The thing is though, once you are out in the field shooting you almost always remember why you love it, why you do it and why there is nothing better than holding a camera in your hand.  It’s a little like going to the gym:  you may hate doing it, but you always feel better after (until the next day, anyway).

I honestly believe Zack Arias summed up the best course of action when he said:

“Get off your ass!”

I can say with absolutely certainty that once I push through that initial inertia and find myself on the streets exploring, wandering and shooting, I remember exactly why I love this art form so much.

Here are twenty new Fuji X100F street images taken in either Vancouver or Seattle, all captured because I prioritized action first and went out with my camera.  The colour images are in Fuji’s Classic Chrome film simulation, while the black and white ones use the Acros film simulation.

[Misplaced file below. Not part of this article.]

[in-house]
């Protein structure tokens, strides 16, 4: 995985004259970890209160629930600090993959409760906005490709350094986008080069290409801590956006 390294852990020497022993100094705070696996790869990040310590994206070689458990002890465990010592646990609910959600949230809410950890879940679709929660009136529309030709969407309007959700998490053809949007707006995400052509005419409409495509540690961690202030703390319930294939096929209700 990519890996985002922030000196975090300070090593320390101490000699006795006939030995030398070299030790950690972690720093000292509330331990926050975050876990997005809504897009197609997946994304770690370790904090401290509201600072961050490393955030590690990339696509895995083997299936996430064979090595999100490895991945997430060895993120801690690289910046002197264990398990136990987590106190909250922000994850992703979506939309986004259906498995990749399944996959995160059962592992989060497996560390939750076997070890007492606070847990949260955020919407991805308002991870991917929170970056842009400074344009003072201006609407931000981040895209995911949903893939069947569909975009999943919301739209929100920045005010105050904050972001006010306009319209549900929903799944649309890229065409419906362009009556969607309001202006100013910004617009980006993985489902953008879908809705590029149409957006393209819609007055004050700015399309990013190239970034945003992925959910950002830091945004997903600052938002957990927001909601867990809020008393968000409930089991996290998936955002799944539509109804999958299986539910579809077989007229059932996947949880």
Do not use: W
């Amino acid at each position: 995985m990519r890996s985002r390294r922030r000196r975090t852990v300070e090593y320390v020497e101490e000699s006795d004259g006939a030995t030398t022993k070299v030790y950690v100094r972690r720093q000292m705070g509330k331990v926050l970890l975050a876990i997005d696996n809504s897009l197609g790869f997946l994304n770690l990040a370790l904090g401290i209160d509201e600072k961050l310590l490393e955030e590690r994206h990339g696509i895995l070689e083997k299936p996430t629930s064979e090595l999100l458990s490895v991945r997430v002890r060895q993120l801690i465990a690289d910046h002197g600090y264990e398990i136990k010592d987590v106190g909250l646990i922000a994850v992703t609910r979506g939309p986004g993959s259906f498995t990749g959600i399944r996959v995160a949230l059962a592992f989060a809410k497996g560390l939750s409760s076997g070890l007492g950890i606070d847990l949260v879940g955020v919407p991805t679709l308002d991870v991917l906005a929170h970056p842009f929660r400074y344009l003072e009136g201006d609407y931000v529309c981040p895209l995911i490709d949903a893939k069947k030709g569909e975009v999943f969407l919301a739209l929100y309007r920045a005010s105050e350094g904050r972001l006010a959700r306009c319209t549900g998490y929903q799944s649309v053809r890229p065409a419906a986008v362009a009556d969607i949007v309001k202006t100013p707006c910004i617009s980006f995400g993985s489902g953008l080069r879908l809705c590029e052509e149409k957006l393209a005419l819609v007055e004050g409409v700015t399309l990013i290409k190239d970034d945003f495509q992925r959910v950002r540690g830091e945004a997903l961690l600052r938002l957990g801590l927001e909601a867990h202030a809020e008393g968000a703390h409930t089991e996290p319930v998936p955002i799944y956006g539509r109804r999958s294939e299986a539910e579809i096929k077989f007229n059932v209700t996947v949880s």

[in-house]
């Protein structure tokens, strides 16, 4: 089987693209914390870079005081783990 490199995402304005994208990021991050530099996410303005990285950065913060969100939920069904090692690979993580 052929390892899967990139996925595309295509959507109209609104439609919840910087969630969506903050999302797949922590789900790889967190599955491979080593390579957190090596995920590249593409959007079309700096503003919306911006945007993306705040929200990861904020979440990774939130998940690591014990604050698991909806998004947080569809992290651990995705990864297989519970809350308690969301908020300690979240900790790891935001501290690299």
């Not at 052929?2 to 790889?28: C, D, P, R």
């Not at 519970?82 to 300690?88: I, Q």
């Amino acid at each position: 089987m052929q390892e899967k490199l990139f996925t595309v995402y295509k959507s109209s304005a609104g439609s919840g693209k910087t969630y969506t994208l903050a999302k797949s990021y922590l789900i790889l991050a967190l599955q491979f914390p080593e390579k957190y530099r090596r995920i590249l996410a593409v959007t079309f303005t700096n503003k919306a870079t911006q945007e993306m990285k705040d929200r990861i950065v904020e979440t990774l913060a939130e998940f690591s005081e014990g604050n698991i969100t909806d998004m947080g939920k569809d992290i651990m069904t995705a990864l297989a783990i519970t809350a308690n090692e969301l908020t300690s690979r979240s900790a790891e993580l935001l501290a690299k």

So, I encouraged my student to push through that inertia we all experience from time to time, to grab his camera and to go out and shoot.  I never regret it when I do!

Until next time,

Ian

Vancouver Street Photography Workshop

dscf2321

There is nothing better than the moment in your professional life where two passions merge together.  For me, those two passions are street photography and education.

Everyone who reads this blog, or follows me on Instagram, knows how much I enjoy street photography.   I love the process of shooting on the street, I love the people I meet, I love the resulting images, and I love how it always makes me a better photographer and artist.